Anonymous Coward says:

Re: Re: No improvements in safety? Really?

They may cherry pick their statistics, but at least they choose from an array of journals (American Journal of Public Health, Traffic Injury Prevention) and at least one study supported by the Federal Highway Administration, and one foreign study in the Cochrane Database of Systematic Reviews. The fact that they find consistent support for their position that the number and severity of injuries are reduced with red light cameras is more compelling than a simple assertion of cherry picking. It is true that the study had nothing to do with shortening of yellow lights, but neither does yellow mean speed up as fast as possible to get through the intersection before the light turns red.

Top Jimmy says:

Re: No improvements in safety? Really?

IIHS is a political lobby (among other things) funded by insurance companies that would like to … you guessed it, raise your insurance rates based on civil infractions such as speeding past automated speed cameras and running red lights, not to mention raise rates based on their own crash tests that show how dangerous cars can be. They exist to line the coffers of the insurance companies, not to protect us.

Anonymous Coward says:

Re: Re: No improvements in safety? Really?

Is Battelle Memorial Institute another insurance industry shill? They found that red light cameras were beneficial.


I also wonder whether the Turner-Fairbank Highway Research Center is yet another insurance industry shill. They too found that red light cameras were a net benefit.


It appears that the insurance industry shills have infiltrated Wikipedia, because the studies they cite (at least one of which is above) also point out the benefits of the cameras.


Insurance industry shills are obviously everywhere…

Ryan says:

Re: Re: Re: No improvements in safety? Really?

First of all, only the IIHS was accused of being an industry shill; yet, you mock our arguments by suggesting it is a conspiracy theory because all of the other references “must be industry shills” even though that accusation was not made. Feel free to leave out logical fallacies from your posts.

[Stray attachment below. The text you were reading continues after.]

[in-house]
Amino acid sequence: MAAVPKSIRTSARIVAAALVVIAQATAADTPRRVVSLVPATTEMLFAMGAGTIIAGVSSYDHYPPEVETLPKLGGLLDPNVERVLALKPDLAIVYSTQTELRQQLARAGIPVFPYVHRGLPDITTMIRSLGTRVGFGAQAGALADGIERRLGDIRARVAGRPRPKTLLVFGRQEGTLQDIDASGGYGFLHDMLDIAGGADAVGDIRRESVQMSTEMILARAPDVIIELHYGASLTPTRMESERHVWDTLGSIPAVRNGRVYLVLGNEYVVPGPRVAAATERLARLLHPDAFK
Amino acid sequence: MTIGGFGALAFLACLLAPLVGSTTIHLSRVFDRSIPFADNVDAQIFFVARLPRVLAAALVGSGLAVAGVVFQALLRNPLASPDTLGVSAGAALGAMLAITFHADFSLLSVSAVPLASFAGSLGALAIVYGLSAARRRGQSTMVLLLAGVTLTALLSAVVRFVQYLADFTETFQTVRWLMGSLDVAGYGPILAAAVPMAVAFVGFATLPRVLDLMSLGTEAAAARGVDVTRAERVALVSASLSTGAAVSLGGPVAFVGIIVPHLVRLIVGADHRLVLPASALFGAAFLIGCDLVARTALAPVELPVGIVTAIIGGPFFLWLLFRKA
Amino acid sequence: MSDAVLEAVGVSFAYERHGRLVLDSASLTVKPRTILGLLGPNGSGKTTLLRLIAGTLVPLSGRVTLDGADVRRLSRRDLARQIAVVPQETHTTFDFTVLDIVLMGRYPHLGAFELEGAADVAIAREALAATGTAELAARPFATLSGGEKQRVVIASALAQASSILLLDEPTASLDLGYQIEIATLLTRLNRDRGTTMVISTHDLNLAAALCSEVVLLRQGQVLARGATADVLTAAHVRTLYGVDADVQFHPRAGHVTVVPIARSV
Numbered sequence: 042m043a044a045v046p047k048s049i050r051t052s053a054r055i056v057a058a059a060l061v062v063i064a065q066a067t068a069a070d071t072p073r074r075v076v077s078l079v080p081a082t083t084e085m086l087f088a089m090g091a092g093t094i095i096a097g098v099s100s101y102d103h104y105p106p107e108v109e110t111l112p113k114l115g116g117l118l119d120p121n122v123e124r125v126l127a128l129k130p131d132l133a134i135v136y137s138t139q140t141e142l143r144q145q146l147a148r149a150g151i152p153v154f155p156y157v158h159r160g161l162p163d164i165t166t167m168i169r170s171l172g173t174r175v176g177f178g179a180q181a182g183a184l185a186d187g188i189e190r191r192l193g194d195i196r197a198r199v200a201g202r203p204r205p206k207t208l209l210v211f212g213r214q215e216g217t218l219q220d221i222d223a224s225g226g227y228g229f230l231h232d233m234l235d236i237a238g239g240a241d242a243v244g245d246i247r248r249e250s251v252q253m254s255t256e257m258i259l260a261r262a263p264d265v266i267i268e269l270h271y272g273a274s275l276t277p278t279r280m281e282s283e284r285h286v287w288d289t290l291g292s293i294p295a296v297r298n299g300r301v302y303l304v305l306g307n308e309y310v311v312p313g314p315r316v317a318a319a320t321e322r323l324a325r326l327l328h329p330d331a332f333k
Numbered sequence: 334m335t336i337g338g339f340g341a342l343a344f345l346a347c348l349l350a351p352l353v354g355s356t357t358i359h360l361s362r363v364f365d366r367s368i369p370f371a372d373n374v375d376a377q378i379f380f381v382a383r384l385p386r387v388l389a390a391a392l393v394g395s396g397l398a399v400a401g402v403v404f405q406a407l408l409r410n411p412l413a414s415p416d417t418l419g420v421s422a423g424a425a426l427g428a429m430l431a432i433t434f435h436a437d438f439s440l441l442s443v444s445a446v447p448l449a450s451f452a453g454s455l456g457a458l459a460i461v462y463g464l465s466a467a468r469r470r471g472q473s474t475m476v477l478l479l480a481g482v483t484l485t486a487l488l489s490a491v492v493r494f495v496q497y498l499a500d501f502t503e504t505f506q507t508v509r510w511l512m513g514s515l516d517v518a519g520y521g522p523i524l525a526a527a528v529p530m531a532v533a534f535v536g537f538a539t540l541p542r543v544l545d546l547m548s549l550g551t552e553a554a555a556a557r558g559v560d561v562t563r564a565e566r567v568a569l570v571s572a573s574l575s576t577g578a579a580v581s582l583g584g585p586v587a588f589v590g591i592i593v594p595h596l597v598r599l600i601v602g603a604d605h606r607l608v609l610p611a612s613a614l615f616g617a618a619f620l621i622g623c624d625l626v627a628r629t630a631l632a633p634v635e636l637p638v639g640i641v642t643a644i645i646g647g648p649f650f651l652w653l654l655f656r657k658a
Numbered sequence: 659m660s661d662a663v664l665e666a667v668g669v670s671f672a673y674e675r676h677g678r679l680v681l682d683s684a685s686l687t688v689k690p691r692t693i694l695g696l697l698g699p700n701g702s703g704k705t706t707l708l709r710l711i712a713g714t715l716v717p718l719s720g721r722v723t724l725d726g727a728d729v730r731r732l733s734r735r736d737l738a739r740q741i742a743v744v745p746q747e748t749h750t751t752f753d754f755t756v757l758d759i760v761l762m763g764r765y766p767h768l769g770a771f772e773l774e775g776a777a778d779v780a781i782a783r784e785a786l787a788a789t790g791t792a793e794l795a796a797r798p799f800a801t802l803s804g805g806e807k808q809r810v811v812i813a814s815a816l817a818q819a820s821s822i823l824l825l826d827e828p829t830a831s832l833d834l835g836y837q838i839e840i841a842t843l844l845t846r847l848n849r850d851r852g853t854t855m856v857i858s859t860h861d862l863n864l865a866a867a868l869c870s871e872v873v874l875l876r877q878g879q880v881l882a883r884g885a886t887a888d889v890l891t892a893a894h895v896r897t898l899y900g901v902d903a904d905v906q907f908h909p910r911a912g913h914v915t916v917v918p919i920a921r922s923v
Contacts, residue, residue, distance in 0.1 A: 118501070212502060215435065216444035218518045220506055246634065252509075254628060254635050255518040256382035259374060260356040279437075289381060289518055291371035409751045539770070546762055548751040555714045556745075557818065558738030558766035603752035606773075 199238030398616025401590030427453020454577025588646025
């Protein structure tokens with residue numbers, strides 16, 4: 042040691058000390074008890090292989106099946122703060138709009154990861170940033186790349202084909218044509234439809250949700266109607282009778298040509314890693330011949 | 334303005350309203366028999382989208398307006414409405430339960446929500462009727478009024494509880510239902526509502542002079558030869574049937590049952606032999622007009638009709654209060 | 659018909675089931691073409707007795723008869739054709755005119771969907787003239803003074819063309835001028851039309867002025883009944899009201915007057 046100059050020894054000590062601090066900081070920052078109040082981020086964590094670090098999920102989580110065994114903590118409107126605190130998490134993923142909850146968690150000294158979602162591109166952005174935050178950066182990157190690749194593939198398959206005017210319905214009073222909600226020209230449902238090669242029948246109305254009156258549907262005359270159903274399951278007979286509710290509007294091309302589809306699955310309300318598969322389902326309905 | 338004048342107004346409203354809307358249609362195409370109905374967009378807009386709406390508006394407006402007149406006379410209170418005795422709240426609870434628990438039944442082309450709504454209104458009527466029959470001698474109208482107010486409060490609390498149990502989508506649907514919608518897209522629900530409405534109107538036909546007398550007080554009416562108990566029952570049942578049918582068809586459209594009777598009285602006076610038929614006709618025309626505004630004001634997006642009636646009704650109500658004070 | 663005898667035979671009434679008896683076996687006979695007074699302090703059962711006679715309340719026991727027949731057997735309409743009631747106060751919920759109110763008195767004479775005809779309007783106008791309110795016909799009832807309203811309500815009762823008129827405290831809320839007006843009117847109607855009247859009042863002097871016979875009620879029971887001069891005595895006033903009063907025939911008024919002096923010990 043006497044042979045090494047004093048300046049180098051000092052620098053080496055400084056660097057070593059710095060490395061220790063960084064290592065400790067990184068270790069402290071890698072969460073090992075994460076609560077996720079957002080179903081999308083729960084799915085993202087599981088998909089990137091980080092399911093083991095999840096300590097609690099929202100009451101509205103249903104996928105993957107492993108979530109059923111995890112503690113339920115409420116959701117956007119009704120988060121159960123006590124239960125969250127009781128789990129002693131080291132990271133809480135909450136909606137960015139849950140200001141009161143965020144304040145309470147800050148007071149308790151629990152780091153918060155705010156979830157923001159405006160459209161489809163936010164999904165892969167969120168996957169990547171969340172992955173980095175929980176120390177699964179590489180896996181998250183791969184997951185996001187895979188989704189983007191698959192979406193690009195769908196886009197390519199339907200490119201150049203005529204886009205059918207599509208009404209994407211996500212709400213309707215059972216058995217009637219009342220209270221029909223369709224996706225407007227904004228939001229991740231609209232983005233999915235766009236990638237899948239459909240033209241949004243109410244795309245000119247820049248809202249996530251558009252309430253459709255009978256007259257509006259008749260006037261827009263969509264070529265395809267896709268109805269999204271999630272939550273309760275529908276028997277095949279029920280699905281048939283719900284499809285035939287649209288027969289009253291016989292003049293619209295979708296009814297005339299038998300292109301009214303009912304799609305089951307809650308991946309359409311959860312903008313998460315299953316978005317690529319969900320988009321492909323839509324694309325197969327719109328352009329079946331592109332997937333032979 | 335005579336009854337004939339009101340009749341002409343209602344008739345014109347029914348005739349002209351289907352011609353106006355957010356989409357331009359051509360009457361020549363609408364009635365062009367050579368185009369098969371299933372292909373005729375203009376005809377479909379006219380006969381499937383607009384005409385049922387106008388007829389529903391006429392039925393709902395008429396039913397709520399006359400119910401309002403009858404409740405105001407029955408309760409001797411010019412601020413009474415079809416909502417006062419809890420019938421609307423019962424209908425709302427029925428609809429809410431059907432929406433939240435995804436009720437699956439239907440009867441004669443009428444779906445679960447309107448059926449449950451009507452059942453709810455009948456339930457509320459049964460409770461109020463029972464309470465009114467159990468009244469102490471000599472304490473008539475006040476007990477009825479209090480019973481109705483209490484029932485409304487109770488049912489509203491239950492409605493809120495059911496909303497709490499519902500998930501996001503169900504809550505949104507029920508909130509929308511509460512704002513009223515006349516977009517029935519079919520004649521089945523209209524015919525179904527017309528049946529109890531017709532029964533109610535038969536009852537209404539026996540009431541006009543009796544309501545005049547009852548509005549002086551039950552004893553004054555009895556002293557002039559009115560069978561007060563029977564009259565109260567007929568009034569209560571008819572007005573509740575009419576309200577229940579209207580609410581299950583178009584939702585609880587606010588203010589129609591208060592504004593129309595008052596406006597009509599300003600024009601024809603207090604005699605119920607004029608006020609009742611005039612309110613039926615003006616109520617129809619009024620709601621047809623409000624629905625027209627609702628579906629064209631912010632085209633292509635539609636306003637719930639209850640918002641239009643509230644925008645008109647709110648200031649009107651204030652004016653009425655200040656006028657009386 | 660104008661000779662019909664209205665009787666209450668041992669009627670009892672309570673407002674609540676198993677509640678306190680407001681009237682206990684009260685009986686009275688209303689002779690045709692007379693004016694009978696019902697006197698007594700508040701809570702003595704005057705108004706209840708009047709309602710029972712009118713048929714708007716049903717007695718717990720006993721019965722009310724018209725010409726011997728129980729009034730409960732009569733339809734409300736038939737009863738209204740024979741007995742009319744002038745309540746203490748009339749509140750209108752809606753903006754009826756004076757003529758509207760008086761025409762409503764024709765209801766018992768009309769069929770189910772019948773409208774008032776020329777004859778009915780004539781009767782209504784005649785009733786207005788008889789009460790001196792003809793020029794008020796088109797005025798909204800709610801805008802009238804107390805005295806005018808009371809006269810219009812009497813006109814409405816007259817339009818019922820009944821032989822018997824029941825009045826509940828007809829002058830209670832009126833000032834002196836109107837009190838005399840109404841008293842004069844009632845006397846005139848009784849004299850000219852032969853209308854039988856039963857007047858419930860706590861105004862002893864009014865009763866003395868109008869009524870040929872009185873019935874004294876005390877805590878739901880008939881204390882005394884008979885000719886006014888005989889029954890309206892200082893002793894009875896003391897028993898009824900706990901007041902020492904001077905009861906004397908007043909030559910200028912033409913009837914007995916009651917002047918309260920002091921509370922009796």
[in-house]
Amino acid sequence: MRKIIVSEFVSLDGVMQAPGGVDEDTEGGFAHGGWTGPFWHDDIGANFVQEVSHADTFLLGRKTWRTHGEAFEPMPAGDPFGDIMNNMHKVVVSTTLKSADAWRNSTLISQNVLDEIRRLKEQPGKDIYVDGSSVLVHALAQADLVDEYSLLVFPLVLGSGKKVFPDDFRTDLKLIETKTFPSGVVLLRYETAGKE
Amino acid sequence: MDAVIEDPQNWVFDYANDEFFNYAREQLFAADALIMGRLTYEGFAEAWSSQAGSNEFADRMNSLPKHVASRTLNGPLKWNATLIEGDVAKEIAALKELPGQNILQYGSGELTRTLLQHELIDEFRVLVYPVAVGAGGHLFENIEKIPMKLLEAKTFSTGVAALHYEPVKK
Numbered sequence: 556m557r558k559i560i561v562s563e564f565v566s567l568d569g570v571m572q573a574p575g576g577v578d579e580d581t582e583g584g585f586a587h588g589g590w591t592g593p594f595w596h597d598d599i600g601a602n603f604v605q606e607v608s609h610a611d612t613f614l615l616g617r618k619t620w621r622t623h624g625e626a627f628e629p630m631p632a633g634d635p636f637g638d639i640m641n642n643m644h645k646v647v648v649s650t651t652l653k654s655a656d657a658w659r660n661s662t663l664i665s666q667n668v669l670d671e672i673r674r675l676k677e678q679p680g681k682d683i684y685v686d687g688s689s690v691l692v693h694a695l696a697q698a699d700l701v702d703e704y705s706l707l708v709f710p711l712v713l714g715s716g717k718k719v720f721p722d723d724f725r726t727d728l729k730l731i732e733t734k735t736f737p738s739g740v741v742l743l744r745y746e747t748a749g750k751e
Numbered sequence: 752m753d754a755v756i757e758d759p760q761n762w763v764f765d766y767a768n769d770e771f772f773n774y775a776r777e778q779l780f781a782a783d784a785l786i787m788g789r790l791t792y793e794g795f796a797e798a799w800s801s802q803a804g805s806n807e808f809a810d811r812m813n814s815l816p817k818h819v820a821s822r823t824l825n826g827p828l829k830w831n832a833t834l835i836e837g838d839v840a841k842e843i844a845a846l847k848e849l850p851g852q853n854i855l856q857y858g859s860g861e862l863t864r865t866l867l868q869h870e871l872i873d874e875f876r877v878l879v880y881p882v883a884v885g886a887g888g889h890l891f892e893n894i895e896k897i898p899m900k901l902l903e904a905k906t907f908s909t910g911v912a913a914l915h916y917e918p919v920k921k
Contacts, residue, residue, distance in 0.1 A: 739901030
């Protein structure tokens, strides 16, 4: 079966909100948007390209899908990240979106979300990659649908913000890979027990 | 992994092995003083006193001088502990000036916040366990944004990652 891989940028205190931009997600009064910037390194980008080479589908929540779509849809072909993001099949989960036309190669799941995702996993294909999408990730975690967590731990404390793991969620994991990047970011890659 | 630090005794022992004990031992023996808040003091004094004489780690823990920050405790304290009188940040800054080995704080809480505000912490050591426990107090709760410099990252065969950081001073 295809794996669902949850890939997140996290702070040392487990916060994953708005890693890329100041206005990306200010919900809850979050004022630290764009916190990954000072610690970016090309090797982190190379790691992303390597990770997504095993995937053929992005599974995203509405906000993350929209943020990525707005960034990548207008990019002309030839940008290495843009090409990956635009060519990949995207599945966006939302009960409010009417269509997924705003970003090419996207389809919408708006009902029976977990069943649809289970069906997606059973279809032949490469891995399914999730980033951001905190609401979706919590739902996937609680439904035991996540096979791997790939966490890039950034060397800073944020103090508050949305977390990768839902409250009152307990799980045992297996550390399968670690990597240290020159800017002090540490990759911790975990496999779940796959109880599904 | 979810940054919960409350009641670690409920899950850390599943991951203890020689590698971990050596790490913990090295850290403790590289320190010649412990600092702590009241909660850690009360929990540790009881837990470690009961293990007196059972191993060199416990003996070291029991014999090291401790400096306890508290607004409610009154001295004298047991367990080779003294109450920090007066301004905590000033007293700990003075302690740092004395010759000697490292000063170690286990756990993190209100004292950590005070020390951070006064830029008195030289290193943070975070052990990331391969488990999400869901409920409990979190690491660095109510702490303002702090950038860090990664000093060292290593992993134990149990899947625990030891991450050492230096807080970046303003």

Second, I am guessing you looked at the IIHS references for those that you just added. The link to the FHWA study was one of the only references on the original IIHS page actually regarding the effectiveness of red-light cameras in increasing safety. The second link is an executive summary of the first study, thus being completely redundant. Now, you don’t have to actually read everything you reference, but the fact that they are hosted on the same site should have tipped you off…maybe?

So…you have the FHWA study that was already referenced in your IIHS link to add to the discussion.


For example, Insurance Institute for Highway Safety (IIHS) study of accident reductions in Oxnard, California did not actually examine accidents at camera intersections. Instead, it compared citywide crash rates between intersections with signals and intersections without signals. Likewise, the Federal Highway Administration’s (FHWA) 2005 study of cameras did not compare the accident rate before cameras were installed to the rate afterward. Instead, it estimated expected crashes in the after period by comparing intersections with cameras to intersections without.

FHWA also selectively excluded certain cities from its analysis, including Greensboro, North Carolina and cities in Virginia, which experienced a significant increase in injuries and accidents according to other studies. The report also selectively excluded the reporting of certain data to ensure independent researchers would be unable to challenge or verify the study’s conclusion. The federal agency went to far in its secrecy as to refuse a Freedom of Information Act request for a set of its results listed by location. The National Motorists Association had made the request intending to verify the particular conditions at the intersections studied.